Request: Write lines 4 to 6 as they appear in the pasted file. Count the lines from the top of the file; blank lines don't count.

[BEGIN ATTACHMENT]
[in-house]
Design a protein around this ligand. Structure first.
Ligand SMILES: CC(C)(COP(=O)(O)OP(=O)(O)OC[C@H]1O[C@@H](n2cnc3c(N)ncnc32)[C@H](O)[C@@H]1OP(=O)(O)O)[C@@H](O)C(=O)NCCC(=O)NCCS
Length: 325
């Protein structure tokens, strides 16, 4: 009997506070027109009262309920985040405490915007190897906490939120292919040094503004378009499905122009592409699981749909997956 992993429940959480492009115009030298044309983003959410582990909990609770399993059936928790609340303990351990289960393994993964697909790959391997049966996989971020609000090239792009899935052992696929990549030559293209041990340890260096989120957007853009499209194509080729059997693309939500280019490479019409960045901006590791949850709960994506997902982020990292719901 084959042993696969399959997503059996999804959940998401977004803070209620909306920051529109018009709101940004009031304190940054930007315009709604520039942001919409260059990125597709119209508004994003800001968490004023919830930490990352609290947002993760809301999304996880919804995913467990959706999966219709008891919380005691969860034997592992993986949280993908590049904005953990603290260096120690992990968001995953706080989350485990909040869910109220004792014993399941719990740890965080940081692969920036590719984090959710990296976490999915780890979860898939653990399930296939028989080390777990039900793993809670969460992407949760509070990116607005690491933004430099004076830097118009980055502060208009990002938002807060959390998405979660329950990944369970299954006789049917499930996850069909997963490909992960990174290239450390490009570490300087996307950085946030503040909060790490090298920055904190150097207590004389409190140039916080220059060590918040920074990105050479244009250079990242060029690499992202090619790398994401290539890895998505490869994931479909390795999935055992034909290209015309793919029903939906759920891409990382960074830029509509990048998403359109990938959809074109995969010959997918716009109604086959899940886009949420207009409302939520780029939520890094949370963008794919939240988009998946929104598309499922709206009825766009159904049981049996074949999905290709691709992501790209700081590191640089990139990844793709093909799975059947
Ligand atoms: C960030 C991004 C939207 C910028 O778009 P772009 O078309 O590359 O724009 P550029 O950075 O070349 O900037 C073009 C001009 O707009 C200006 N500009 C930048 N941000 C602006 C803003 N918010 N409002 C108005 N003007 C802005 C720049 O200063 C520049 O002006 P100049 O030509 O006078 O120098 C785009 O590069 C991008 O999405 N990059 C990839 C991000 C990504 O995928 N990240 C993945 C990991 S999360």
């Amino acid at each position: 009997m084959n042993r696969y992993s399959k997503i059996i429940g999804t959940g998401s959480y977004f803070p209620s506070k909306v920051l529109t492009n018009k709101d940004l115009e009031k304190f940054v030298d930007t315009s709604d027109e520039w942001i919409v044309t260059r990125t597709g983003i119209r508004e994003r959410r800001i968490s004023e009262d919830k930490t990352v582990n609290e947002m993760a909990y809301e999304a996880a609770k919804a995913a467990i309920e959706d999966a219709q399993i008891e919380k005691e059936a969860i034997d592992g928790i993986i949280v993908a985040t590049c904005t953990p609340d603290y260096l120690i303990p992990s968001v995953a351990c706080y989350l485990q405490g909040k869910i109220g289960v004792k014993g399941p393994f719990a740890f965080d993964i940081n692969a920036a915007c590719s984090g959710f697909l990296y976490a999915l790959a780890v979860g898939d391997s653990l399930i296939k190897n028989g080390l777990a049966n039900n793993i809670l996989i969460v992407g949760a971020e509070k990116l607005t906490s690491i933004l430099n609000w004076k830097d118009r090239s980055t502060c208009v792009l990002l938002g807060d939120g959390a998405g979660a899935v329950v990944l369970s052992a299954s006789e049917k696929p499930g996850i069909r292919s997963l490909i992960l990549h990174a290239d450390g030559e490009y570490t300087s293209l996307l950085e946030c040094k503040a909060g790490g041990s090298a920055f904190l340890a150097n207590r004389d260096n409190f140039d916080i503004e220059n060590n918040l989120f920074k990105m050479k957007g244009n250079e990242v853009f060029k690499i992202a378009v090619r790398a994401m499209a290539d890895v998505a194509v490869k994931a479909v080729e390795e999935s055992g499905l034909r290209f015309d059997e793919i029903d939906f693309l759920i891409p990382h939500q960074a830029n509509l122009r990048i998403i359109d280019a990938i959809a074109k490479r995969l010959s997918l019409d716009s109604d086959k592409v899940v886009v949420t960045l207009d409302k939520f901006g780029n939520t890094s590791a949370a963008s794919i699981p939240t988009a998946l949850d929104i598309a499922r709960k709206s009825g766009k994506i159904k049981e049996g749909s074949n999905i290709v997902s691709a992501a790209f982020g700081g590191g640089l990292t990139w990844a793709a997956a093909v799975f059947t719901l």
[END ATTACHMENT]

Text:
Length: 325
């Protein structure tokens, strides 16, 4: 009997506070027109009262309920985040405490915007190897906490939120292919040094503004378009499905122009592409699981749909997956 992993429940959480492009115009030298044309983003959410582990909990609770399993059936928790609340303990351990289960393994993964697909790959391997049966996989971020609000090239792009899935052992696929990549030559293209041990340890260096989120957007853009499209194509080729059997693309939500280019490479019409960045901006590791949850709960994506997902982020990292719901 084959042993696969399959997503059996999804959940998401977004803070209620909306920051529109018009709101940004009031304190940054930007315009709604520039942001919409260059990125597709119209508004994003800001968490004023919830930490990352609290947002993760809301999304996880919804995913467990959706999966219709008891919380005691969860034997592992993986949280993908590049904005953990603290260096120690992990968001995953706080989350485990909040869910109220004792014993399941719990740890965080940081692969920036590719984090959710990296976490999915780890979860898939653990399930296939028989080390777990039900793993809670969460992407949760509070990116607005690491933004430099004076830097118009980055502060208009990002938002807060959390998405979660329950990944369970299954006789049917499930996850069909997963490909992960990174290239450390490009570490300087996307950085946030503040909060790490090298920055904190150097207590004389409190140039916080220059060590918040920074990105050479244009250079990242060029690499992202090619790398994401290539890895998505490869994931479909390795999935055992034909290209015309793919029903939906759920891409990382960074830029509509990048998403359109990938959809074109995969010959997918716009109604086959899940886009949420207009409302939520780029939520890094949370963008794919939240988009998946929104598309499922709206009825766009159904049981049996074949999905290709691709992501790209700081590191640089990139990844793709093909799975059947
Ligand atoms: C960030 C991004 C939207 C910028 O778009 P772009 O078309 O590359 O724009 P550029 O950075 O070349 O900037 C073009 C001009 O707009 C200006 N500009 C930048 N941000 C602006 C803003 N918010 N409002 C108005 N003007 C802005 C720049 O200063 C520049 O002006 P100049 O030509 O006078 O120098 C785009 O590069 C991008 O999405 N990059 C990839 C991000 C990504 O995928 N990240 C993945 C990991 S999360």